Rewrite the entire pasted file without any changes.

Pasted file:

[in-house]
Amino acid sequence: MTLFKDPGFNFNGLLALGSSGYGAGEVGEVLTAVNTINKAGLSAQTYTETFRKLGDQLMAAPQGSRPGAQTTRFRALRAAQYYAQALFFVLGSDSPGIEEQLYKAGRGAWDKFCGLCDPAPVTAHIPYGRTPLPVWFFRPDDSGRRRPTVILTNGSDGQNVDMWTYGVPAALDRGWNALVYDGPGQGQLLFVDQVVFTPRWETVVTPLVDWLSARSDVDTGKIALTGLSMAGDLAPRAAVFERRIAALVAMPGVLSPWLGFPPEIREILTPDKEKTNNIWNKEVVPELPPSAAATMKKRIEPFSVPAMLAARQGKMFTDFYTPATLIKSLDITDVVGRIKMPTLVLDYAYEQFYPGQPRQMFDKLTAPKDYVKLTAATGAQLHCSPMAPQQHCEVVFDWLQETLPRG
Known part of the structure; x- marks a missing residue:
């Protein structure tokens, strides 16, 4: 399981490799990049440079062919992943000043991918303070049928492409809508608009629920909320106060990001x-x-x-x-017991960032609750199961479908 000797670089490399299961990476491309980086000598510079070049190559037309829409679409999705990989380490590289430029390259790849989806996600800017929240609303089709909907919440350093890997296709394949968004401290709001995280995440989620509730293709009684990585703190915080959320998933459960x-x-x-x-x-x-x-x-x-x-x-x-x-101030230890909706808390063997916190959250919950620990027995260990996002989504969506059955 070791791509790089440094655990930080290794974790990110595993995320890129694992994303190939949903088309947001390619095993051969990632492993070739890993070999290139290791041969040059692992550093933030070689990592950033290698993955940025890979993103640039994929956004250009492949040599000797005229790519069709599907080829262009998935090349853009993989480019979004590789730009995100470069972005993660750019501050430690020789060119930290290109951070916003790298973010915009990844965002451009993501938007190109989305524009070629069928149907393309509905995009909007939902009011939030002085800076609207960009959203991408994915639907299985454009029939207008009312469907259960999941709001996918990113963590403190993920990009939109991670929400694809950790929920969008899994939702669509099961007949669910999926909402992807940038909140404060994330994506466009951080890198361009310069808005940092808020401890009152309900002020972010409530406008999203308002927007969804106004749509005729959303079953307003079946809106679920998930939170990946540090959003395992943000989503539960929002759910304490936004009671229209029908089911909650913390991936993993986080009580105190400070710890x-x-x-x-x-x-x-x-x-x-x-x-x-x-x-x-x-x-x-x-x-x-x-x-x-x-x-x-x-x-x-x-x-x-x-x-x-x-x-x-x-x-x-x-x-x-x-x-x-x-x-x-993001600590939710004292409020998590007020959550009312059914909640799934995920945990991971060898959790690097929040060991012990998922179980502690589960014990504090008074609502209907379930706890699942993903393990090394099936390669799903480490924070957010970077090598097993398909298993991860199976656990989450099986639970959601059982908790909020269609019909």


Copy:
[in-house]
Amino acid sequence: MTLFKDPGFNFNGLLALGSSGYGAGEVGEVLTAVNTINKAGLSAQTYTETFRKLGDQLMAAPQGSRPGAQTTRFRALRAAQYYAQALFFVLGSDSPGIEEQLYKAGRGAWDKFCGLCDPAPVTAHIPYGRTPLPVWFFRPDDSGRRRPTVILTNGSDGQNVDMWTYGVPAALDRGWNALVYDGPGQGQLLFVDQVVFTPRWETVVTPLVDWLSARSDVDTGKIALTGLSMAGDLAPRAAVFERRIAALVAMPGVLSPWLGFPPEIREILTPDKEKTNNIWNKEVVPELPPSAAATMKKRIEPFSVPAMLAARQGKMFTDFYTPATLIKSLDITDVVGRIKMPTLVLDYAYEQFYPGQPRQMFDKLTAPKDYVKLTAATGAQLHCSPMAPQQHCEVVFDWLQETLPRG
Known part of the structure; x- marks a missing residue:
């Protein structure tokens, strides 16, 4: 399981490799990049440079062919992943000043991918303070049928492409809508608009629920909320106060990001x-x-x-x-017991960032609750199961479908 000797670089490399299961990476491309980086000598510079070049190559037309829409679409999705990989380490590289430029390259790849989806996600800017929240609303089709909907919440350093890997296709394949968004401290709001995280995440989620509730293709009684990585703190915080959320998933459960x-x-x-x-x-x-x-x-x-x-x-x-x-101030230890909706808390063997916190959250919950620990027995260990996002989504969506059955 070791791509790089440094655990930080290794974790990110595993995320890129694992994303190939949903088309947001390619095993051969990632492993070739890993070999290139290791041969040059692992550093933030070689990592950033290698993955940025890979993103640039994929956004250009492949040599000797005229790519069709599907080829262009998935090349853009993989480019979004590789730009995100470069972005993660750019501050430690020789060119930290290109951070916003790298973010915009990844965002451009993501938007190109989305524009070629069928149907393309509905995009909007939902009011939030002085800076609207960009959203991408994915639907299985454009029939207008009312469907259960999941709001996918990113963590403190993920990009939109991670929400694809950790929920969008899994939702669509099961007949669910999926909402992807940038909140404060994330994506466009951080890198361009310069808005940092808020401890009152309900002020972010409530406008999203308002927007969804106004749509005729959303079953307003079946809106679920998930939170990946540090959003395992943000989503539960929002759910304490936004009671229209029908089911909650913390991936993993986080009580105190400070710890x-x-x-x-x-x-x-x-x-x-x-x-x-x-x-x-x-x-x-x-x-x-x-x-x-x-x-x-x-x-x-x-x-x-x-x-x-x-x-x-x-x-x-x-x-x-x-x-x-x-x-x-993001600590939710004292409020998590007020959550009312059914909640799934995920945990991971060898959790690097929040060991012990998922179980502690589960014990504090008074609502209907379930706890699942993903393990090394099936390669799903480490924070957010970077090598097993398909298993991860199976656990989450099986639970959601059982908790909020269609019909």